(By the way, why do you suppose so many of Chicago's neighborhoods -- or "community areas," as they are properly known -- are named after parks? I wonder if it's because, like Catholics who used to answer the question, "Where do you live?" with the name of their parish, the secular answer to that question was the name of the closest park.)
According to Wikipedia (where would we be without it?), Portage Park takes its name from the major portage linking the Des Plaines and Chicago rivers along what is today Irving Park Road. And according to the 2000 census, it has the largest Polish community in the Chicago Metropolitan Area.
It was a beautiful, sunny day and, clad in a long-sleeve T-shirt and hoodie, I was almost hot at times and had to walk in the shade. Can you imagine?
The theater originally opened in 1927 with a capacity of 1,500 people. Its atmospheric auditorium was designed in the Neo-Pompeiien fashion, with various Spanish and Italian architectural influences present as well.
Built in the 1920s but not Art Deco? Interesting.
Dunning, not Portage Park. (It's across the street.) I think I may have even muttered "jackpot!" to myself as I recalled seeing the structure in Chicago Sojourn. (The two photos above, as well as the one immediately below, are borrowed from that post as Robert Powers was able to take better shots than me.) My only knock on the place is that it faces north; is there ever any good light on that magnificent facade?
To be even more precise, the church must be located in Schorsch Village, because according to the church's own website (my emphasis):
As frame houses and brick bungalows spread across the prairie, the parish quickly outgrew the Austin Avenue building. Fortunately, benefactors appeared in the form of the Schorsch family, Saint Pascal parishioners and local real estate developers. At the urging of family matriarch, Marie A. Schorsch, the family donated land along Irving Park Road, between Melvina and Meade Avenues, for a new parish campus. Ground was broken March 17, 1923, and the first phase of construction completed on November 5, 1925. The Irving Park site featured a rectory, a school, and to the east of the school, a temporary, second floor church above an auditorium.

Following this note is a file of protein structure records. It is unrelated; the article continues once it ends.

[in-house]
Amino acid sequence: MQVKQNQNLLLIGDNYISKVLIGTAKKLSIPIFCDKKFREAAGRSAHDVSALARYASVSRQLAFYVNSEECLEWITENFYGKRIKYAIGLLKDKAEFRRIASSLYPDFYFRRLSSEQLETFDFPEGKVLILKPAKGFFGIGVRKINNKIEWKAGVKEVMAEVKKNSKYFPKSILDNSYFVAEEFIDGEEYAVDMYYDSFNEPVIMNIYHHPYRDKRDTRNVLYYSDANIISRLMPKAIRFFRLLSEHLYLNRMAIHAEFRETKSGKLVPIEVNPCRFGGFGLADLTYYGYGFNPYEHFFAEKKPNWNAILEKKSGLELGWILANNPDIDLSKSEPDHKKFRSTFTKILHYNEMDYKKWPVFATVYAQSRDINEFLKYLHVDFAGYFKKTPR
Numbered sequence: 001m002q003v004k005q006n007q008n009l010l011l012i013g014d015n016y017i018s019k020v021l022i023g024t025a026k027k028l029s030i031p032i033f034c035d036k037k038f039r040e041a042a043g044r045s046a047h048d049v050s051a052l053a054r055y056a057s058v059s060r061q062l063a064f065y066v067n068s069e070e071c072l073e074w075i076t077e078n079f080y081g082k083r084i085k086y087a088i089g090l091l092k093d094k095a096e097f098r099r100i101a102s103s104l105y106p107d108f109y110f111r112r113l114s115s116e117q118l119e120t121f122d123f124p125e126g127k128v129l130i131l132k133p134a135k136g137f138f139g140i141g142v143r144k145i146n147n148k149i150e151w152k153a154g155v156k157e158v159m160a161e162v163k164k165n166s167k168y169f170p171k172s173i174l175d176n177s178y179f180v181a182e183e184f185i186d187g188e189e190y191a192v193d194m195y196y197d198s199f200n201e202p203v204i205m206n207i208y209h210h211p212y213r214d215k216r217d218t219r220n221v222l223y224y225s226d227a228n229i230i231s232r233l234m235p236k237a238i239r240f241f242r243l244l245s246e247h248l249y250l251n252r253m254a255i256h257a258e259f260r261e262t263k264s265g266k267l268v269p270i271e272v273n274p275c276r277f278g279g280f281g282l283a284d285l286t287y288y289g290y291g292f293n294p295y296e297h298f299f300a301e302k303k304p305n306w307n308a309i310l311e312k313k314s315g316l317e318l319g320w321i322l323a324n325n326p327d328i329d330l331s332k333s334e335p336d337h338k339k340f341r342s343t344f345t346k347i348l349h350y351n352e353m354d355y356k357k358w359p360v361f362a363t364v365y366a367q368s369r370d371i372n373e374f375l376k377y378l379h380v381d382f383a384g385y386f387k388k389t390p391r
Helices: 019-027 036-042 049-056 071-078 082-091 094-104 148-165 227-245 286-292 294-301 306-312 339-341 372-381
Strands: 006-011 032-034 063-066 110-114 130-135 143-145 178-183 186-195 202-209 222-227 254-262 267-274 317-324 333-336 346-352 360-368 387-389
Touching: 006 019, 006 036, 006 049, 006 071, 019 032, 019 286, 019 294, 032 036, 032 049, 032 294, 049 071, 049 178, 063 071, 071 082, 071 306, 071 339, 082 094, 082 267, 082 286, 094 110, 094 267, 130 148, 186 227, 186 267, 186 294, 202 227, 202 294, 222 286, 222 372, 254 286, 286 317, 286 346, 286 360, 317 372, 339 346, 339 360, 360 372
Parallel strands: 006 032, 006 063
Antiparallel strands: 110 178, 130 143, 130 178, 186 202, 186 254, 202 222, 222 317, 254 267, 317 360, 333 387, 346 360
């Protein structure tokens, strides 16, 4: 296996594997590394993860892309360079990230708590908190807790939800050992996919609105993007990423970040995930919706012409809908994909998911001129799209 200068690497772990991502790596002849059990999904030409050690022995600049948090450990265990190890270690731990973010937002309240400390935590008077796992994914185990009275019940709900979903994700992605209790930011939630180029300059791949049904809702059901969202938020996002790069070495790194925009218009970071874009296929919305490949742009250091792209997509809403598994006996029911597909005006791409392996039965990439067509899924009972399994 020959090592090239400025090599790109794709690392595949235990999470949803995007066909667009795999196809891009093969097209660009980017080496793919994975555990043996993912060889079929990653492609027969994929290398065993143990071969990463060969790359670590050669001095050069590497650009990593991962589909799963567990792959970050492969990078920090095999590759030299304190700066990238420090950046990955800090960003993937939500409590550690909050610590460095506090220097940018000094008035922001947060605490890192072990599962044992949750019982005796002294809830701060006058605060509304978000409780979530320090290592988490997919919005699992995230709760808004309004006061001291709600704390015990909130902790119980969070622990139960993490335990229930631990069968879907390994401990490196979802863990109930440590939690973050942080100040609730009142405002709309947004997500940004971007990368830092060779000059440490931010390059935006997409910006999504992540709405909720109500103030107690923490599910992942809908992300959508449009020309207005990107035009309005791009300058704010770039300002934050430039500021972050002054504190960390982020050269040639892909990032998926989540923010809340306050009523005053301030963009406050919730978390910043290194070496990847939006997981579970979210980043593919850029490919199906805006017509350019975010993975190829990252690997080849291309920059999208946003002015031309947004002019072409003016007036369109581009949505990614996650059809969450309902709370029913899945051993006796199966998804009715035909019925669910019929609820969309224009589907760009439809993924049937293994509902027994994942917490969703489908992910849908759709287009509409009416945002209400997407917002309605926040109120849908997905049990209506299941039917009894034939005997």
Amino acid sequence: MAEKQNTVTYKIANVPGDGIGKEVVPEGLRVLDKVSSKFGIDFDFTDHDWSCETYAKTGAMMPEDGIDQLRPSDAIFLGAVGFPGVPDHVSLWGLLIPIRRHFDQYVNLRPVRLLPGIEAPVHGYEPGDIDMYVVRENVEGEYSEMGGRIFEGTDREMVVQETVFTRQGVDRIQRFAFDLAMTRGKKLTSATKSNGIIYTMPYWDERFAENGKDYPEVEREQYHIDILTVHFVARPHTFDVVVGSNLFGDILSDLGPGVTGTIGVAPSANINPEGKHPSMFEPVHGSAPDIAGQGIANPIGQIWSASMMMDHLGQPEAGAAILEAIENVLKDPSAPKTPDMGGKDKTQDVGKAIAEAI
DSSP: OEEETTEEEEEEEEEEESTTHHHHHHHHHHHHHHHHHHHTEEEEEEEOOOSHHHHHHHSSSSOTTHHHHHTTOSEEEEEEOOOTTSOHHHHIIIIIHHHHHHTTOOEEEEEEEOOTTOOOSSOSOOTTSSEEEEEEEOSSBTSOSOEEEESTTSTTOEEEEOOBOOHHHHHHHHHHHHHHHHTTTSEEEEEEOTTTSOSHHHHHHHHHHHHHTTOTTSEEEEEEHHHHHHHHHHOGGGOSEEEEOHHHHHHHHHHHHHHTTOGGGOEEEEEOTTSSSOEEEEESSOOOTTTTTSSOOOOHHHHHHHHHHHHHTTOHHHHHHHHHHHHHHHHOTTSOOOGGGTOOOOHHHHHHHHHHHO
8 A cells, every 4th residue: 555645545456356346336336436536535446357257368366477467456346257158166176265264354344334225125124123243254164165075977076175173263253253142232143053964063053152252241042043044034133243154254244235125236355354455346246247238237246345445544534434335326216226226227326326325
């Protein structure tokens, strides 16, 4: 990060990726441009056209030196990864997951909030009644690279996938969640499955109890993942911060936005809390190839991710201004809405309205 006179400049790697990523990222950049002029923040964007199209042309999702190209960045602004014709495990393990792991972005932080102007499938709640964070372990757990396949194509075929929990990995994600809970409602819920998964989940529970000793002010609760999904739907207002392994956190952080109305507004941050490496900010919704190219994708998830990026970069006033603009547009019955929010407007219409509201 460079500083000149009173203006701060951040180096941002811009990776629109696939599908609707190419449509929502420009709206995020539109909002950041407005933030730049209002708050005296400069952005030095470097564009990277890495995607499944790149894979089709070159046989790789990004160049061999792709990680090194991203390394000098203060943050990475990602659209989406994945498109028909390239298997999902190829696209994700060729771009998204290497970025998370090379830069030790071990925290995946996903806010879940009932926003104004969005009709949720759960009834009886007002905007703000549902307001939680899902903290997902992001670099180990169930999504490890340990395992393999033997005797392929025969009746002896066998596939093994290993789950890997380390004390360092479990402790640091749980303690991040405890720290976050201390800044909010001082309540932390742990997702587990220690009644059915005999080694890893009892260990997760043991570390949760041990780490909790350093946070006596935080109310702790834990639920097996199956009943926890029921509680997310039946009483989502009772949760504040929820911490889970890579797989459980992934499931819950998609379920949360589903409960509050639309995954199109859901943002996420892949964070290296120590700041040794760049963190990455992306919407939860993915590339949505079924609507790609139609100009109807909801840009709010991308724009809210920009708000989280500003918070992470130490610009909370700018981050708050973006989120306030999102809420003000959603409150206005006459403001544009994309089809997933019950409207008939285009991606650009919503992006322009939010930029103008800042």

Saint Pascal Parish and the surrounding neighborhood thrived, the population swelling, and as the 1920s came to a close, Father George Heimsath and his flock resolved to complete the plans for the Irving Park site by creating an inspiring monument to their faith, an edifice that would embody the strength of the human spirit and the promise of eternal salvation.
But "despite all those geometric details on the outside, the inside is pure Mission Style." And while Powers included some shots of the interior on his post, I didn't feel comfortable doing the same on Saturday. Parishioners were beginning to file in for evening Mass, and I didn't think it would be appropriate to run around snapping pictures on my iPhone. ("Excuse me, sir, but could you move your head just a little?")
The church's website describes the structure a little differently. (Was Art Deco considered too ... secular? Too ... materialistic? Too ... Roaring Twenties? Too ... decadent?)
For this third (and current) church, Father Heimsath settled on a Moorish, or more accurately, a Mudejardesign that would evoke the sixteenth century civilization of the church’s patron. The façade features a shallow carved entry cove that bears a forty-seven foot cross with a half rose window behind it. Terra cotta trimmings adorn the building. Most strikingly, a 116-foot bell tower, approximately eleven stories tall, soars from the structure’s southeast side. Acknowledging contemporary styles, architect Raymond Gregori added symmetrical and rectilinear Art Deco touches to the building’s exterior.
Okay, okay -- there's some Art Deco here, but not much!
Construction on the majestic structure began in 1930, in the shadow of the Great Depression, out-of-work parishioners supplying much of the labor. The church, at the corner of Irving and Melvina, opened for Mass Christmas Day, 1931.
It is! What's going on here? Is this the stealth work of that fiendish Muslim Kenyan socialist in the White House? Thanks a lot, Obama! What's next, Sharia law on the Northwest Side of Chicago?
Not so fast. Again, from St. Pascal's own website:
The church’s red clay tile roof and faux minaret—a chimney—reflect the Moorish influence, as do the high, yellow-brick outer walls, the quatrefoil windows, the interior multi-lobed archways, and the spectacular horizontal paneled ceiling, crisscrossed by intricately embellished beams in the Alfarje style.
Phew! That was a close one.
Now that I've been Southwest, Northeast, Southeast and Northwest, it may be time to change it up a bit. I noticed from Powers's post that there's one more Art Deco church on the North Side that I haven't yet seen, St. Ferdinand out on West Barry. Maybe next weekend I'll complete the trifecta.